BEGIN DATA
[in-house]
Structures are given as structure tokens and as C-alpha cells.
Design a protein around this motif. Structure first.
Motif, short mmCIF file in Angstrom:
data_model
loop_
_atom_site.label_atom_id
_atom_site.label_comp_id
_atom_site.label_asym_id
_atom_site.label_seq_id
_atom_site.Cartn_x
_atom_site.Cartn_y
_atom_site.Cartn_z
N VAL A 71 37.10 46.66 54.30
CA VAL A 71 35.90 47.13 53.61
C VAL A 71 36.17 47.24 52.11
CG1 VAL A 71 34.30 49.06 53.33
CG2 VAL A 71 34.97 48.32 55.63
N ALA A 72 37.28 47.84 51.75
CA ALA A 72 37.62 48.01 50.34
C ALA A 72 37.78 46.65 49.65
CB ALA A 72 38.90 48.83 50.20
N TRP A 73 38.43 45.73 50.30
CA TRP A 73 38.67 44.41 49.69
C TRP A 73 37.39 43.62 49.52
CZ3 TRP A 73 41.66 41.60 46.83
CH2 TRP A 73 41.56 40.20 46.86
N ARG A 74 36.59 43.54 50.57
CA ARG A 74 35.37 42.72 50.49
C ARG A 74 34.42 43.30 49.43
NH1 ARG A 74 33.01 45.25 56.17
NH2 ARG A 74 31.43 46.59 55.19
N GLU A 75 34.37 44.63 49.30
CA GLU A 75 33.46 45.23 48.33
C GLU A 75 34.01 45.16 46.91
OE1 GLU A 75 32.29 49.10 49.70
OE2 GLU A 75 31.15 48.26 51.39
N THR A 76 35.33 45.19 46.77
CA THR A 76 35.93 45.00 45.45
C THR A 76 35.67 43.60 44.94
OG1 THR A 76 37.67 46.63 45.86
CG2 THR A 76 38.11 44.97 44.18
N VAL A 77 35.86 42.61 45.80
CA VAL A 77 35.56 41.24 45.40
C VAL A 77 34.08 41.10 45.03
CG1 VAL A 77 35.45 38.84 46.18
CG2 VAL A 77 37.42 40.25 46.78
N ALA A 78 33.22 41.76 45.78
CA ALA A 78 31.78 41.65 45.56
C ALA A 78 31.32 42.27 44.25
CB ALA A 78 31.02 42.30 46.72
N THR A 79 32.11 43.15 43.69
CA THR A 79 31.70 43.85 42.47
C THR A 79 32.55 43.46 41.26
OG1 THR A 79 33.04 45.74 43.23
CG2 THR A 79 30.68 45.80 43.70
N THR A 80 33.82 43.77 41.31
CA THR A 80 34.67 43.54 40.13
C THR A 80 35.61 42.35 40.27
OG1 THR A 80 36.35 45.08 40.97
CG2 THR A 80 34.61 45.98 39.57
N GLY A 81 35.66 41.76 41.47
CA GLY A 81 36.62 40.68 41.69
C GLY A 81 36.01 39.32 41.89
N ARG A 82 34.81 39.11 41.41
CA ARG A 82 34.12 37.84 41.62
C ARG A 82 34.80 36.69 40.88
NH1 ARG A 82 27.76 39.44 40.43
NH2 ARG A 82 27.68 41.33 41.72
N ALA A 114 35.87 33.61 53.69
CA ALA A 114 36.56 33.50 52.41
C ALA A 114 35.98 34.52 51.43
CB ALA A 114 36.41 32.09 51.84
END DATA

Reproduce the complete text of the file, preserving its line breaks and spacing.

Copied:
[in-house]
Structures are given as structure tokens and as C-alpha cells.
Design a protein around this motif. Structure first.
Motif, short mmCIF file in Angstrom:
data_model
loop_
_atom_site.label_atom_id
_atom_site.label_comp_id
_atom_site.label_asym_id
_atom_site.label_seq_id
_atom_site.Cartn_x
_atom_site.Cartn_y
_atom_site.Cartn_z
N VAL A 71 37.10 46.66 54.30
CA VAL A 71 35.90 47.13 53.61
C VAL A 71 36.17 47.24 52.11
CG1 VAL A 71 34.30 49.06 53.33
CG2 VAL A 71 34.97 48.32 55.63
N ALA A 72 37.28 47.84 51.75
CA ALA A 72 37.62 48.01 50.34
C ALA A 72 37.78 46.65 49.65
CB ALA A 72 38.90 48.83 50.20
N TRP A 73 38.43 45.73 50.30
CA TRP A 73 38.67 44.41 49.69
C TRP A 73 37.39 43.62 49.52
CZ3 TRP A 73 41.66 41.60 46.83
CH2 TRP A 73 41.56 40.20 46.86
N ARG A 74 36.59 43.54 50.57
CA ARG A 74 35.37 42.72 50.49
C ARG A 74 34.42 43.30 49.43
NH1 ARG A 74 33.01 45.25 56.17
NH2 ARG A 74 31.43 46.59 55.19
N GLU A 75 34.37 44.63 49.30
CA GLU A 75 33.46 45.23 48.33
C GLU A 75 34.01 45.16 46.91
OE1 GLU A 75 32.29 49.10 49.70
OE2 GLU A 75 31.15 48.26 51.39
N THR A 76 35.33 45.19 46.77
CA THR A 76 35.93 45.00 45.45
C THR A 76 35.67 43.60 44.94
OG1 THR A 76 37.67 46.63 45.86
CG2 THR A 76 38.11 44.97 44.18
N VAL A 77 35.86 42.61 45.80
CA VAL A 77 35.56 41.24 45.40
C VAL A 77 34.08 41.10 45.03
CG1 VAL A 77 35.45 38.84 46.18
CG2 VAL A 77 37.42 40.25 46.78
N ALA A 78 33.22 41.76 45.78
CA ALA A 78 31.78 41.65 45.56
C ALA A 78 31.32 42.27 44.25
CB ALA A 78 31.02 42.30 46.72
N THR A 79 32.11 43.15 43.69
CA THR A 79 31.70 43.85 42.47
C THR A 79 32.55 43.46 41.26
OG1 THR A 79 33.04 45.74 43.23
CG2 THR A 79 30.68 45.80 43.70
N THR A 80 33.82 43.77 41.31
CA THR A 80 34.67 43.54 40.13
C THR A 80 35.61 42.35 40.27
OG1 THR A 80 36.35 45.08 40.97
CG2 THR A 80 34.61 45.98 39.57
N GLY A 81 35.66 41.76 41.47
CA GLY A 81 36.62 40.68 41.69
C GLY A 81 36.01 39.32 41.89
N ARG A 82 34.81 39.11 41.41
CA ARG A 82 34.12 37.84 41.62
C ARG A 82 34.80 36.69 40.88
NH1 ARG A 82 27.76 39.44 40.43
NH2 ARG A 82 27.68 41.33 41.72
N ALA A 114 35.87 33.61 53.69
CA ALA A 114 36.56 33.50 52.41
C ALA A 114 35.98 34.52 51.43
CB ALA A 114 36.41 32.09 51.84